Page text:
It is certainly true that when we are enjoying ourselves time flies, it passes very quickly. However, when we are bored, time drags, that is to say, it goes by really slowly:
When I’m on holiday time flies, but when I’m at work, time really drags.
We often lose track of time (“perder la noción del tiempo”) when we are completely absorbed in what we are doing:
He was surprised by the sound of the shops closing as he had completely lost track of time working on his computer.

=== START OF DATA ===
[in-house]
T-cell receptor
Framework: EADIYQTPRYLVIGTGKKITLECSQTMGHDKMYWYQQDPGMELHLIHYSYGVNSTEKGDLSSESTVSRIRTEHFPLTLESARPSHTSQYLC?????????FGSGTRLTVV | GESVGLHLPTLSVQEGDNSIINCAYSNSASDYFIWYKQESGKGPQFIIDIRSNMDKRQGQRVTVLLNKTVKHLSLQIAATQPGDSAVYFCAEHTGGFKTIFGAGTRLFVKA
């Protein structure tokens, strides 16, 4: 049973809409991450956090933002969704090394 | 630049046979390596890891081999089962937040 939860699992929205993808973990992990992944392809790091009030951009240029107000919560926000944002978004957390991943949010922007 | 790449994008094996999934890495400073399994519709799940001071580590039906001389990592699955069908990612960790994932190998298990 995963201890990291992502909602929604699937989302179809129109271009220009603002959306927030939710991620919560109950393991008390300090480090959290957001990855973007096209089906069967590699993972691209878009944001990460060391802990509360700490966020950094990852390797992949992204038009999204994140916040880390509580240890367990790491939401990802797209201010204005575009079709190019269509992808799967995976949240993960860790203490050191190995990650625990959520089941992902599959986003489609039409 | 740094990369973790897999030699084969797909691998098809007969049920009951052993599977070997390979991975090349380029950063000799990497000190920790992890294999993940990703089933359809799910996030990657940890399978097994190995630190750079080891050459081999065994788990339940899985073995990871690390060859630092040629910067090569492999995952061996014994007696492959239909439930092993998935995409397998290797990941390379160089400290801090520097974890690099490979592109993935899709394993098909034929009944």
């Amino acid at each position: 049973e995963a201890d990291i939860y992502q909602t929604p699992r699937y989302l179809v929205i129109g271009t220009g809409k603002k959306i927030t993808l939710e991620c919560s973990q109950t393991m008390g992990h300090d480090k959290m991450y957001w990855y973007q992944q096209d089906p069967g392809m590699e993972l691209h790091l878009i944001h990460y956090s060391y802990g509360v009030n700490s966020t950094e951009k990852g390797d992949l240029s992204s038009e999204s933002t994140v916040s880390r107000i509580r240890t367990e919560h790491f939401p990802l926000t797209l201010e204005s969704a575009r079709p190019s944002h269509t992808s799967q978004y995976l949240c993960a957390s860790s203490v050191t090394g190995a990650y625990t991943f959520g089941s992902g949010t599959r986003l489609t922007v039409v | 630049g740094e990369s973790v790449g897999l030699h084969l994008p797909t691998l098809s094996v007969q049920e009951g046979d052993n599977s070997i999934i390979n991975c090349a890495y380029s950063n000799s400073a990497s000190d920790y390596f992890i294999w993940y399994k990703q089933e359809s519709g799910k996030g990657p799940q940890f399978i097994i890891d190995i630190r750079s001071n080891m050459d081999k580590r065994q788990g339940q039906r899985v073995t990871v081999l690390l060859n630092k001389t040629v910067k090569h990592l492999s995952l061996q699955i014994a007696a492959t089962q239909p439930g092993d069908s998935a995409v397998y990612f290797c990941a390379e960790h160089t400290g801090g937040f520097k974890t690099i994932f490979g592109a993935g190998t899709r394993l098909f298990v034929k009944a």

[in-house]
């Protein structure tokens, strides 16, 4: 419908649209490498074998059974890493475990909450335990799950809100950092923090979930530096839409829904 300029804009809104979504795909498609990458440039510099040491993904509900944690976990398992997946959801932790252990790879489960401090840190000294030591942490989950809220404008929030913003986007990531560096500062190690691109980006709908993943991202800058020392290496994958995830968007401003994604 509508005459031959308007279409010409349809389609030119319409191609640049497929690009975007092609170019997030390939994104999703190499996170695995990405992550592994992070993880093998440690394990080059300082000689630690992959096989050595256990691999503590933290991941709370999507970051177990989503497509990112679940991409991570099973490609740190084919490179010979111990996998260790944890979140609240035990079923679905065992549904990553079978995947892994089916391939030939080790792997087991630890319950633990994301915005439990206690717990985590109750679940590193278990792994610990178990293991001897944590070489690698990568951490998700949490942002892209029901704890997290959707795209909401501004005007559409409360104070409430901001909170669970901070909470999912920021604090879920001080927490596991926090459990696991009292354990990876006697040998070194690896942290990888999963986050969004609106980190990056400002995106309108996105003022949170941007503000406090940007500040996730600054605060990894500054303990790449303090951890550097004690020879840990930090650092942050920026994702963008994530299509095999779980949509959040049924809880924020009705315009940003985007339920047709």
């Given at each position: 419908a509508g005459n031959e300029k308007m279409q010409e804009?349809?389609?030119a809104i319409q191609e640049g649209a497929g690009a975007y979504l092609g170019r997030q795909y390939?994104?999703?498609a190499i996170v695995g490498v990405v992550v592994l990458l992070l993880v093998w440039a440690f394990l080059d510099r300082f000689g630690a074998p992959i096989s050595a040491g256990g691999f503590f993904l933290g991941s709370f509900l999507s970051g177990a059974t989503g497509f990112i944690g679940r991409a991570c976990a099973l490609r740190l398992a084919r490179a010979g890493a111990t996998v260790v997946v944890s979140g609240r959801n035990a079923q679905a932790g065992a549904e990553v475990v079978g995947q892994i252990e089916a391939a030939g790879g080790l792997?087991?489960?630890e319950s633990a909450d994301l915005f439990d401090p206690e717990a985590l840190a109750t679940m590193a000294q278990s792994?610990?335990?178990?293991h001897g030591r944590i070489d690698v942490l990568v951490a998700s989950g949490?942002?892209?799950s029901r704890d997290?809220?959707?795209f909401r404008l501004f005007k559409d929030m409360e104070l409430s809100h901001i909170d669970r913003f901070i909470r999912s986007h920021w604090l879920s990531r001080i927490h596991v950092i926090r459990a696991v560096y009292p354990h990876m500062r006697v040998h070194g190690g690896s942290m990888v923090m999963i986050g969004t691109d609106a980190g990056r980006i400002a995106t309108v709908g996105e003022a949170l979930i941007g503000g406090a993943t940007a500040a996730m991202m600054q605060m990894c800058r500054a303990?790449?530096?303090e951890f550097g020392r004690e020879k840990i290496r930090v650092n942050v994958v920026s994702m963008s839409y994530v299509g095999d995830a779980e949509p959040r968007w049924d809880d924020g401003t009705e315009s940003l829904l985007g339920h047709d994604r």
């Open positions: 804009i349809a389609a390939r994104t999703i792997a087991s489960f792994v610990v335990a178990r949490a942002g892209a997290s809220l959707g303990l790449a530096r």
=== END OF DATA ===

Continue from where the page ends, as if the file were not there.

If we spend time doing nothing, we may have to make up for lost time (“recuperar el tiempo perdido”):
The hot summer months made her feel lazy, so with the first rainy days she decided she would make up for lost time.
In this case we might say: Better late than never (“Más vale tarde que nunca”).
And when we do something at the very last moment, we use the expressions in the nick of time and at the eleventh hour (“justo a tiempo”).
They managed to hand in the project in the nick of time/at the eleventh hour, five minutes before the deadline.
To learn more vocabulary related to time, go to Module 9, Unit 1 in this app.